It’s easy to overlook our gut as the source of skin troubles. But if the well-being of our internal organs and energy levels are determined by what we put in our mouths, why shouldn’t the same be true for our skin?
Dr. Nicholas Sieveking is a Nashville, TNStanford-trained, board certified plastic surgeon who also holds a board certification with advanced fellowship training in Anti-Aging and Functional medicine. The Clinic of Ageless Solutions is the most comprehensive anti-aging clinic available to treat almost every aspect of the aging process and health from the inside out.
Dr. Sieveking illustrates what an unhealthy gut can do to your skin:
• It disrupts the flora in the skin as it creates inflammation, affecting the integrity and protective function of the skin. This can lead to a drop in the microbial power of the skin to fight infection and inflammation. Research shows that small intestine bacterial overgrowth (SIBO), a condition involving inappropriate growth of bacteria in the small intestine, is ten times more prevalent in people with acne rosacea, and that a correction of gut flora led to marked clinical improvement in their skin conditions.
• Altered gut flora can activate the release of substance P — a neuropeptide produced in the gut, brain and skin that plays a major role in inflammatory skin conditions like eczema.
• An unhealthy gut can result in maldigestion and the malabsorption of proteins, fats, carbs and vitamins. SIBO can lead to nutritional deficiencies including vitamin B12, as well as vitamins A, D, E and K (fat-soluble vitamins) which are all critical for optimal skin health and overall good health.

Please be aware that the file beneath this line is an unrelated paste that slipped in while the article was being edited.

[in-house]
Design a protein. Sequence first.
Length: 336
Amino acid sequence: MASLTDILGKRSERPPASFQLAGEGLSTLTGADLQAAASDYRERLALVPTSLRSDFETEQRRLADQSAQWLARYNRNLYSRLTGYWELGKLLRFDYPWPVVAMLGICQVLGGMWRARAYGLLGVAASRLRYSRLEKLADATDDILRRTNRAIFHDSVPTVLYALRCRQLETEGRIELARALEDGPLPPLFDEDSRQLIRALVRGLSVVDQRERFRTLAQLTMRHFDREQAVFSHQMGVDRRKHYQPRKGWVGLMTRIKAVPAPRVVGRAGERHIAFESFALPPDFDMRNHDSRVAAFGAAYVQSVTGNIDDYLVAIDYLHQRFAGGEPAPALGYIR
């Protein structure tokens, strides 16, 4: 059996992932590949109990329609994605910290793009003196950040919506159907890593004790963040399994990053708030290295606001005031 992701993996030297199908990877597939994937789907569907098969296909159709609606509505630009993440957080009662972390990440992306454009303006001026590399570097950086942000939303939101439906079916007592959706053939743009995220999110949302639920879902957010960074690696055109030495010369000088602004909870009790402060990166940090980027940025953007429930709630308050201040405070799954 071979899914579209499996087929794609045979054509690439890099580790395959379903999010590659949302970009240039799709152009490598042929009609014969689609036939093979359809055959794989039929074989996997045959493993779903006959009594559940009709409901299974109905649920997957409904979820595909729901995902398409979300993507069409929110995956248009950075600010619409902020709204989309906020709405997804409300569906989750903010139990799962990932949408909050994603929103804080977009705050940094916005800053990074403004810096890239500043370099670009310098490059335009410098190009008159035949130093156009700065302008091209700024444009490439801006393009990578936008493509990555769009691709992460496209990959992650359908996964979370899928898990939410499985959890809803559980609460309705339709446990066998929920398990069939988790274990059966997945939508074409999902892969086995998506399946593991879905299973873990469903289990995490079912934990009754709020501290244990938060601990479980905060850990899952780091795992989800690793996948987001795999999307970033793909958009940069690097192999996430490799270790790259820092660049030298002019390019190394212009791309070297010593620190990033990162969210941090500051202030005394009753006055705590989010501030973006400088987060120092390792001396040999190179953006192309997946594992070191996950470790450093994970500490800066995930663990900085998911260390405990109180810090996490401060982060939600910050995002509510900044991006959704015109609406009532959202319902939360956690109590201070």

• An imbalance of stomach acid can result in the overgrowth of “bad” bacteria in the colon, which can lead to acne. (Thiswas discovered over a century ago!)
• 14% of patients with ulcerative colitis and 24% of patients with Crohn’s disease (both diseases that affects the lining of the digestive tract) have skin manifestations.
Correcting your gut flora and establishing a healthy glow — inside and out — doesn’t need to be complicated. Here are five easy steps you can take to start the healing process:
1. Stop feeding the bad guys.
The bad flora in your gut has a field day with sugar, dairy and processed grains. Starve the little critters by reducing your intake of these foods — your skin will thank you.
2. Start taking a probiotic.
Oral probiotics have been shown to improve skin conditions by reducing inflammation and oxidative stress, as well as strengthening the intestinal barrier. In one study, 80% of participants who received a probiotic experienced improvement in their acne. Here are 10 probiotic foods to add to your diet.
3. Eat prebiotic- and fiber-rich foods.
Prebiotics provide food for probiotics and can be just as important as probiotics in maintaining healthy skin and gut. Asparagus, beetroot, pumpkin, flaxseeds and garlic are wonderfully rich prebiotic foods. Fiber helps the process by sweeping away toxins and excess hormones which can wreak havoc on the skin.
4. Eat fermented foods.
Fermented foods can be a wonderful way of introducing good gut flora in a natural way. They also assist with improving digestion and stopping persistent sugar cravings.
5. Up your digestive ability.
Promoting the body’s hydrochloric acid production is critical to improving its ability to break down and absorb food. Splash apple cider vinegar onto your salads and increasing your consumption of bitter foods such as rocket, dandelion, lemon and radicchio will increase your digestive power.
Remember that what you put on and in your body are both important! Get your gut in order and your skin will follow.